Summary of an interview of Jean-Pierre Taiun Faure for the magazine Sagesses Bouddhistes

Why is awakening or liberation so difficult to describe?

How to describe that which cannot be described? When awakening is realized, we enter the realm of pure existence, the realm of total existence. We totally exist because we are not watching ourselves existing – there is no space for reflexivity. We find ourselves in a dynamic, dimensionless present, in which there is no room for analyses, comments, strategies. These types of functioning belong to the bubble of mental activity and to chronological time, inside which we try to reproduce in the future past situations we found pleasant, and to do this, we develop selfish strategies.
To awaken is to come back to reality as it is and to merge into it. At that moment, one experiences an oceanic feeling that cannot be described. As soon as we put this reality into words, we depart from it because we fall into dualistic reflexiveness. We do this because we want to grasp that moment, possess it, make it last… And in doing so, we leave the state of awakening.
Awakening is something we can only experience, while at the same time feeling peace, joy, gratitude, plenitude, non-fear… This is what we feel when we are awakened.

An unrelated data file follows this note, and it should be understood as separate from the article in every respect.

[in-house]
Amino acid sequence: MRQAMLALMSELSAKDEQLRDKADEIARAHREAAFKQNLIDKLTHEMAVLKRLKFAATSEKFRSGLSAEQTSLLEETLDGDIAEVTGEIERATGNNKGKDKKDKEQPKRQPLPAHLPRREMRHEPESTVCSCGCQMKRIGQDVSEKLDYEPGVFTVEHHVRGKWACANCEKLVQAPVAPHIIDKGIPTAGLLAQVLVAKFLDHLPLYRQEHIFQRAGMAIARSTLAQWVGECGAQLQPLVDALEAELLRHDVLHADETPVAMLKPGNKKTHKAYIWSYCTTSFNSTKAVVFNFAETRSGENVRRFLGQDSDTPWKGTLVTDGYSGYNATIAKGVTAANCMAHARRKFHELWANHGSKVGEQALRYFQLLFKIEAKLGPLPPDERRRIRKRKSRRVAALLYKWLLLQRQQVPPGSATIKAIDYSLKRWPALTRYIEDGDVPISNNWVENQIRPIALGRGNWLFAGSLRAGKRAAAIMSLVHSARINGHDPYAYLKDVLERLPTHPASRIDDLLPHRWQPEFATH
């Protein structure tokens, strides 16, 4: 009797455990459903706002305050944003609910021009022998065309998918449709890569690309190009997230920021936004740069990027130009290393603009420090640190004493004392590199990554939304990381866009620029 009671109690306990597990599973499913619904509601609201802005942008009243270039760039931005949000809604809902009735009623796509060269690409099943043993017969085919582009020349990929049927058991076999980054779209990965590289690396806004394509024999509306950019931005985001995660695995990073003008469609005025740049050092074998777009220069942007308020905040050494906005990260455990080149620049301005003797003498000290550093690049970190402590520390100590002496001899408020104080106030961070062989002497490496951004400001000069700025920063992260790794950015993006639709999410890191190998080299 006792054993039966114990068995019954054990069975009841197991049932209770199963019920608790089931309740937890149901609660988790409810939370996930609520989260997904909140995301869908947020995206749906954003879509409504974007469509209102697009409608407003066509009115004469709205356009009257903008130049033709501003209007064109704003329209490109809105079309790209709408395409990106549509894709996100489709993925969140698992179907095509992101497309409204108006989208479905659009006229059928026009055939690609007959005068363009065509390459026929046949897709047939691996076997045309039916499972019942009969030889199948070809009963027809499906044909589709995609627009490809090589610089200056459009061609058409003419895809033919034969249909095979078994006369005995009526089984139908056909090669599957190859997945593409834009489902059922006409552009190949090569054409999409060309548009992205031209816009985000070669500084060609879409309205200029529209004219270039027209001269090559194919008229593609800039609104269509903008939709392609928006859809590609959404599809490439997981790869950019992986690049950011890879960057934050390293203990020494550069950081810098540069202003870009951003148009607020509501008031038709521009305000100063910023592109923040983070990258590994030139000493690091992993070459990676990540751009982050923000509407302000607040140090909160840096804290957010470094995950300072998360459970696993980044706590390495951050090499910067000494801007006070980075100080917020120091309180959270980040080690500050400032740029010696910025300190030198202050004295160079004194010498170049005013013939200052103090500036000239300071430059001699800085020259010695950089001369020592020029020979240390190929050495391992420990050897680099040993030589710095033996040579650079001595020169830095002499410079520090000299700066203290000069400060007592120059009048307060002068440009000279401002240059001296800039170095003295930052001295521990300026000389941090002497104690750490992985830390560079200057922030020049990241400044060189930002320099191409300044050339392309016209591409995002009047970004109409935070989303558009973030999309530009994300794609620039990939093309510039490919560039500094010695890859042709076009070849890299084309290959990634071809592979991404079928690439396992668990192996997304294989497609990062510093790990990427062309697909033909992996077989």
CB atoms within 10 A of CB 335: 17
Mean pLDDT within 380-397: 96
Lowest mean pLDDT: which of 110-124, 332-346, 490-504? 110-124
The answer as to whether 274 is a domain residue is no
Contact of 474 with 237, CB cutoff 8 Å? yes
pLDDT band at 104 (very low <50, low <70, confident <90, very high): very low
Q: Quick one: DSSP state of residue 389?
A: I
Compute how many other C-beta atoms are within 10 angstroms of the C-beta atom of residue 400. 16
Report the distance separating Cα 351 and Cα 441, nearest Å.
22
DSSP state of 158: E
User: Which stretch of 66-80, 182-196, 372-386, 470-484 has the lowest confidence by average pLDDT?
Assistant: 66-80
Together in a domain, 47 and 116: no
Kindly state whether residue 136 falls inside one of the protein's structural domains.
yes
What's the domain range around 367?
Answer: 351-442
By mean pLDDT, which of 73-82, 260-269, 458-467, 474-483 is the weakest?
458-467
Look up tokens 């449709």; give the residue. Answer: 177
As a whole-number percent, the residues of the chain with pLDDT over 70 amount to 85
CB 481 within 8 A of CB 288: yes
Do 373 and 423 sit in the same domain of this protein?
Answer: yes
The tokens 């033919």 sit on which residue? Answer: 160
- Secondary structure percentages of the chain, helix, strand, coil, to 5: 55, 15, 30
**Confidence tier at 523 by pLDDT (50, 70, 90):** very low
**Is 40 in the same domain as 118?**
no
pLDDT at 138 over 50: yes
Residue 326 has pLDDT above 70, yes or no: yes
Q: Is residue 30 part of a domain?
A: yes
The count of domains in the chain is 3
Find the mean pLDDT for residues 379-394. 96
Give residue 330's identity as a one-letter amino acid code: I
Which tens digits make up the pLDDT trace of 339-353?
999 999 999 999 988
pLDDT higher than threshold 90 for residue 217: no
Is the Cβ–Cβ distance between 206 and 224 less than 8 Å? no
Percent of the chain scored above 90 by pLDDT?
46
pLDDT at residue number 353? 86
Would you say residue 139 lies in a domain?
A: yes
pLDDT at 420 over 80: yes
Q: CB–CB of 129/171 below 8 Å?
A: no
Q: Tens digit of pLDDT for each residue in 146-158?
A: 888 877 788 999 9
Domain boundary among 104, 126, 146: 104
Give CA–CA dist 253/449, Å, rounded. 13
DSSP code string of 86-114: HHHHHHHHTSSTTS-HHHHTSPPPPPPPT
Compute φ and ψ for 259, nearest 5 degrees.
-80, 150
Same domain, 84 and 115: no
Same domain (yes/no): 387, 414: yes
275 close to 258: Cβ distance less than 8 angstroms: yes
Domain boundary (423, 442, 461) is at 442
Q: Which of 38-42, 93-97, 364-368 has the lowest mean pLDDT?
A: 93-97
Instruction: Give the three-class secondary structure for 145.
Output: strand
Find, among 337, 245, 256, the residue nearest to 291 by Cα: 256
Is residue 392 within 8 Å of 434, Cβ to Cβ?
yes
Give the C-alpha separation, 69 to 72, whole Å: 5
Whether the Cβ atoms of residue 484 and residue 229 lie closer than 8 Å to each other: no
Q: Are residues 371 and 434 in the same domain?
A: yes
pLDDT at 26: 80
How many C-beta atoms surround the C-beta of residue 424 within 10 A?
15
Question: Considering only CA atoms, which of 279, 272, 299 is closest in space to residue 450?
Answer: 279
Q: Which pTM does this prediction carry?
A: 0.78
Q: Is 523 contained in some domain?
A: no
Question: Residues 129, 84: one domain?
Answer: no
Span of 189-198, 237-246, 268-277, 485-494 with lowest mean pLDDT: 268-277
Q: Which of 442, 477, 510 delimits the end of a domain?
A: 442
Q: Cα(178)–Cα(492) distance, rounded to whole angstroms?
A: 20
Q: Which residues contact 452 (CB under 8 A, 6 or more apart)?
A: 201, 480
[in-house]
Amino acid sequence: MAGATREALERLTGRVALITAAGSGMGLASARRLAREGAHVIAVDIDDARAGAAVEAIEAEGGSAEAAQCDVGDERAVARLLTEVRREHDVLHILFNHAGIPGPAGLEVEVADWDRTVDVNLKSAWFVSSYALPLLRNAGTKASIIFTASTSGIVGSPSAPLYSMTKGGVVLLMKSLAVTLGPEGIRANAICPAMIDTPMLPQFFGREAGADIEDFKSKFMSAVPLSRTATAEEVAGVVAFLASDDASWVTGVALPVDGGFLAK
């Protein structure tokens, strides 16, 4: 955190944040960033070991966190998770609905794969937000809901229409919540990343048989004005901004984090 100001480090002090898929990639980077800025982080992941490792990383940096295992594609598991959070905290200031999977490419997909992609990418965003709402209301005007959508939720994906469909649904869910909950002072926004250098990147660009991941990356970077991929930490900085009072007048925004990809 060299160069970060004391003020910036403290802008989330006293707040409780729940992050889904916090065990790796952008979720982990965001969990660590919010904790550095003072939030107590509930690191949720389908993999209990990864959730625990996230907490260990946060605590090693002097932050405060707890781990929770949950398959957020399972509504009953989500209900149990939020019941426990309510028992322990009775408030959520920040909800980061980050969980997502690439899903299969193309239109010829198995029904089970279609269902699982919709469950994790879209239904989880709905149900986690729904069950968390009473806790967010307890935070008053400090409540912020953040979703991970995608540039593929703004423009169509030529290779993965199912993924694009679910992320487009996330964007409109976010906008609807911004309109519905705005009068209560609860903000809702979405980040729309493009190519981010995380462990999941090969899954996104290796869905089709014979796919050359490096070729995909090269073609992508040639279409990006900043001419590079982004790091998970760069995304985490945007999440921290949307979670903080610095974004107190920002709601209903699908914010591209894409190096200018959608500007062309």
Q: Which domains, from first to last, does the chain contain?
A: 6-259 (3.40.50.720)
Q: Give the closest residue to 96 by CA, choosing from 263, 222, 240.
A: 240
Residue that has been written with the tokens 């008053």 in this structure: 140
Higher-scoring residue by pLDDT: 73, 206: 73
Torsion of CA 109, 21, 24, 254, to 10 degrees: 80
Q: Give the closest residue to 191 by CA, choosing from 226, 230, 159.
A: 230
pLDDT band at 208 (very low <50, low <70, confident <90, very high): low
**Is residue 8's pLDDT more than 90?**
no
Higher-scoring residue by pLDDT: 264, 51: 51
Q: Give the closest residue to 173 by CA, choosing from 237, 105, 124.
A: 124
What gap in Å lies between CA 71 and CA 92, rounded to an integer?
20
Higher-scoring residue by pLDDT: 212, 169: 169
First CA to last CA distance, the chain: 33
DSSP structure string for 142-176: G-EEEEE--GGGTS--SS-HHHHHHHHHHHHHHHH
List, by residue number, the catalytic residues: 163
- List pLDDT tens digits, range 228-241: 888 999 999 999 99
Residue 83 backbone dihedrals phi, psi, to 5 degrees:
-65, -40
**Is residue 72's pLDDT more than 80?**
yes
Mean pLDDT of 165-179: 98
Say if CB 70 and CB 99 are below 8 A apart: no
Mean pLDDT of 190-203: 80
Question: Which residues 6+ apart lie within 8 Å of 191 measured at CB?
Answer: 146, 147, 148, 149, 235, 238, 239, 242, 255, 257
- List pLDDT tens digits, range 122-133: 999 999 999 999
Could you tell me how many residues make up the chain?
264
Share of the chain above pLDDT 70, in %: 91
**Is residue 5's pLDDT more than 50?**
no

Nature is in a state of unsurpassable awakening, like the bird flying in the sky, the horse frisking about in the rain… The feeling connected to the state of being awakened is that of a fully satisfying life. There is nothing more satisfying for a human being than to be in the normal condition. Awakening is nothing other than the normal condition.
To be in the state of being awakened is to have a totally peaceful mind. This peaceful mind is neither troubled nor locked in thought; instead it is open, without defilement, unlimited. It is with such a peaceful mind, driven by the bodhisattva vow[1] that I can respond with wisdom and compassion to the reality that falls to me.
Because wisdom is to keep our mind open, compassion is to go and meet the Universe with an open mind, and, when responding to the Universe, to be driven by the vow that our life be beneficial to it. This vow follows from the state of being awakened, from which it quite obviously appears that to be at the service of all existences is to be in Heaven – while to exploit them, to fight them, to envy them is to live in Hell.
I am awakened when I respond at every moment to the request of the Universe. Somebody holds out a hand to me… I take this hand. I am awakened when I respond wholeheartedly to the situation that befalls me, without expecting anything for myself. When I am awakened, I meet every situation with a mind free of any selfish temptation, from any parasitical thoughts, I embrace reality and respond to it with wisdom and love.
So one could say that I awaken when I return to my Buddha state – which is of the same nature as the reality around me – when I am at one with all beings.
To remain in the state of being awakened, we must be watchful at every moment so as not to let our selfishness override our Buddha nature.